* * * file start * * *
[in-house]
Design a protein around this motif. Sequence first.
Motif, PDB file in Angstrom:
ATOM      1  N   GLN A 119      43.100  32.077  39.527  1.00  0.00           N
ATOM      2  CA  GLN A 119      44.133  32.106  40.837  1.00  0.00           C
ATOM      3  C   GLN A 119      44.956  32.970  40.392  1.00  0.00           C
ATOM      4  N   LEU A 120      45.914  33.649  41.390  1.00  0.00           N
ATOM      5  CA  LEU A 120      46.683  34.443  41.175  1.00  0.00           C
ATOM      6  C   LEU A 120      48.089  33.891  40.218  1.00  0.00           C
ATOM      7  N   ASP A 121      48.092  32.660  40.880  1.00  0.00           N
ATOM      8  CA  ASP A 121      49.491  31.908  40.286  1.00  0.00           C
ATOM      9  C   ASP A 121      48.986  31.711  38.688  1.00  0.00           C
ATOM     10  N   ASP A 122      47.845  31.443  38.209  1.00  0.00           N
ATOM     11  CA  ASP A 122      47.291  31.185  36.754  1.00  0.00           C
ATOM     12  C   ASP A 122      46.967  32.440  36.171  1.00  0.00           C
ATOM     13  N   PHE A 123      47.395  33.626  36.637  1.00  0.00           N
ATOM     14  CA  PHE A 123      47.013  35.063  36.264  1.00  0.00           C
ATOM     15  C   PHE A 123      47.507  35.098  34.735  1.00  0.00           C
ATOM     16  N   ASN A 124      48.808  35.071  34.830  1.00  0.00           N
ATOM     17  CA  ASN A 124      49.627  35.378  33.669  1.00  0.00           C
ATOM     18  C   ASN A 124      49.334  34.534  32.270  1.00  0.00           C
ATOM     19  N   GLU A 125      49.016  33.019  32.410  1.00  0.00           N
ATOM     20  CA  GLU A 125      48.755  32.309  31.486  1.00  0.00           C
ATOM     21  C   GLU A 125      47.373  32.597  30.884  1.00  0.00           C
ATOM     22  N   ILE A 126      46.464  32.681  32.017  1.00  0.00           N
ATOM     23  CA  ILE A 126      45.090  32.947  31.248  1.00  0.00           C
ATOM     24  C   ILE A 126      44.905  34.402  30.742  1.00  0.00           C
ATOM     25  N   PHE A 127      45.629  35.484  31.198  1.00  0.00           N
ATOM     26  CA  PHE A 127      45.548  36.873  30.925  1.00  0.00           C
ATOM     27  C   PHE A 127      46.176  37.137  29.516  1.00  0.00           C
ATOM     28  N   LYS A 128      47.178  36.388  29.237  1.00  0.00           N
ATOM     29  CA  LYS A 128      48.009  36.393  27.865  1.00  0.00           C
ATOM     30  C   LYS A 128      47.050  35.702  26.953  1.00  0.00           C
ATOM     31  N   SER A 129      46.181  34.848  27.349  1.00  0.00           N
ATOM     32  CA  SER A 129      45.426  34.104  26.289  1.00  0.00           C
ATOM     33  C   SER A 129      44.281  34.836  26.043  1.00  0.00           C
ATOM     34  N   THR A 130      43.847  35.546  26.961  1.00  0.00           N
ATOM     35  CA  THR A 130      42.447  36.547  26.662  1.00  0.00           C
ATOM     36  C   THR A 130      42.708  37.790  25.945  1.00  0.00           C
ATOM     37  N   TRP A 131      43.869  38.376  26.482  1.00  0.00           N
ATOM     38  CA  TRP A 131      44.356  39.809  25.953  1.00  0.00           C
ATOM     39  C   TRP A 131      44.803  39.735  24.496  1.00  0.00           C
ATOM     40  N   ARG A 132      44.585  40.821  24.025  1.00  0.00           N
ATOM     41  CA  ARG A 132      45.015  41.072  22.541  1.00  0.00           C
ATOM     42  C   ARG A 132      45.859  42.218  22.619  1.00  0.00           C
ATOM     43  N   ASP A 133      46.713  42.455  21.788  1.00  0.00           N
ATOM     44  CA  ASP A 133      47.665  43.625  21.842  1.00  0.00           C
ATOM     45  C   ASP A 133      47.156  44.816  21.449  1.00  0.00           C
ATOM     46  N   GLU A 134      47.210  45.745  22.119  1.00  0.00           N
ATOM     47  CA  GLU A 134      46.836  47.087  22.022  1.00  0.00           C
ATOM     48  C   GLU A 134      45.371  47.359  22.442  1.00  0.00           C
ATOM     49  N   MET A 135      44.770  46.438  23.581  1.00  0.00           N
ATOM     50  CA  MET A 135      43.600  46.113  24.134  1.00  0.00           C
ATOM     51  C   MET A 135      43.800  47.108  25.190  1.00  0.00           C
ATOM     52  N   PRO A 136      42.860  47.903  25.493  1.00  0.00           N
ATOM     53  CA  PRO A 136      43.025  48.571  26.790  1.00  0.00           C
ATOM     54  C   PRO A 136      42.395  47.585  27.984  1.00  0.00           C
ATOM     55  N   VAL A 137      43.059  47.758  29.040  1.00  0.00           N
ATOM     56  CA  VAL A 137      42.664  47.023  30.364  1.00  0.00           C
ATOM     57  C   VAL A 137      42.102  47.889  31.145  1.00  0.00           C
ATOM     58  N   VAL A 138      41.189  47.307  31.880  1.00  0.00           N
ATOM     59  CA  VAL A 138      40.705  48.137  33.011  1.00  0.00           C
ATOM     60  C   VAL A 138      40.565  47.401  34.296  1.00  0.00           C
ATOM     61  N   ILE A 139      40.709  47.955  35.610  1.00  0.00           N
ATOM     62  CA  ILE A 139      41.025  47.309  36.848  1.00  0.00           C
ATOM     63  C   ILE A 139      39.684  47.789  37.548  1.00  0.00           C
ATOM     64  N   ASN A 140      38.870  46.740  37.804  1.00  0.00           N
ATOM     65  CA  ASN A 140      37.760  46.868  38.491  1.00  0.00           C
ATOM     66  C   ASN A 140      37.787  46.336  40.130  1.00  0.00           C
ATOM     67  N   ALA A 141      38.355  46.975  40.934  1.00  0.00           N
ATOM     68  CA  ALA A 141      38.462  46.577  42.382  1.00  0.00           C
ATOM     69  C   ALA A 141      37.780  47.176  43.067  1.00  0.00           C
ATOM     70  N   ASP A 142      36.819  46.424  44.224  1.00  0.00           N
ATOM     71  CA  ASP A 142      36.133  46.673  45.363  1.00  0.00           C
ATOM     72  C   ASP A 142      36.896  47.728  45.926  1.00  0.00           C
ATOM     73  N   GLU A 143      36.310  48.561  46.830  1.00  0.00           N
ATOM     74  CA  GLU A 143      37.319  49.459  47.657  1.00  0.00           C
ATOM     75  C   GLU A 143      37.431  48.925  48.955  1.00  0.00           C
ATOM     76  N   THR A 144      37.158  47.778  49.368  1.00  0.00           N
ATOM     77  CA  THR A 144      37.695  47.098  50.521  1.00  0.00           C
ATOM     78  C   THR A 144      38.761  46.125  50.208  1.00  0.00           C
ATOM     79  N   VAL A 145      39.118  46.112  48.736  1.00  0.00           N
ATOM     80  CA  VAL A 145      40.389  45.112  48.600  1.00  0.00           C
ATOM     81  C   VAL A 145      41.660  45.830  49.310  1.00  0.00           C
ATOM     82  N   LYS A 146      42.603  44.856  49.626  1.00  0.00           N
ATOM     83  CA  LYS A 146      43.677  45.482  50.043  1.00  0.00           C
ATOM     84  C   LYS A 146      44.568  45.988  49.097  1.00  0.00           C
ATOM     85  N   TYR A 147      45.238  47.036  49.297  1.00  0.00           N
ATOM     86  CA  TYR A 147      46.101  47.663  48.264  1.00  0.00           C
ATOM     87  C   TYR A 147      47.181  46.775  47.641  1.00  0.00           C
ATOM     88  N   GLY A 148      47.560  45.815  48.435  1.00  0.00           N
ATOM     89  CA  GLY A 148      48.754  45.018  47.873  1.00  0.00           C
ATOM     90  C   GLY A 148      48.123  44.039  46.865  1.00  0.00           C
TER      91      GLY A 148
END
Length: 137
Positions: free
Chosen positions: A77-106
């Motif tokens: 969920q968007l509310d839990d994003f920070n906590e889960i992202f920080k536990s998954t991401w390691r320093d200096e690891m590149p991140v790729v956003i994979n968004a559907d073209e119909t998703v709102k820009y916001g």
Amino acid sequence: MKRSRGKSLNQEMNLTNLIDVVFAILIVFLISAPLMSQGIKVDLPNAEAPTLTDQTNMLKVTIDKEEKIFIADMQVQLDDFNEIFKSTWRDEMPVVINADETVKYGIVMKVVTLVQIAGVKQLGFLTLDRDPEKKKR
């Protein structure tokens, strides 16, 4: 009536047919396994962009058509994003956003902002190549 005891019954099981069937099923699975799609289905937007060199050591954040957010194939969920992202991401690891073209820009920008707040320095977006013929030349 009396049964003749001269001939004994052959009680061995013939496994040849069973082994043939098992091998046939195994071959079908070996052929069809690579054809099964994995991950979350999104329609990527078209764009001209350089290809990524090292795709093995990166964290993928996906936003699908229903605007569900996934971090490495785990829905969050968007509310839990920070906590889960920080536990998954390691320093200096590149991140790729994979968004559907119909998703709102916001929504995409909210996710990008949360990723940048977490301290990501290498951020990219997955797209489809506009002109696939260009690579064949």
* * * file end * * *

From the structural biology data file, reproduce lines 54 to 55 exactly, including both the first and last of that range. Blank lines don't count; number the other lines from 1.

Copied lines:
ATOM     51  C   MET A 135      43.800  47.108  25.190  1.00  0.00           C
ATOM     52  N   PRO A 136      42.860  47.903  25.493  1.00  0.00           N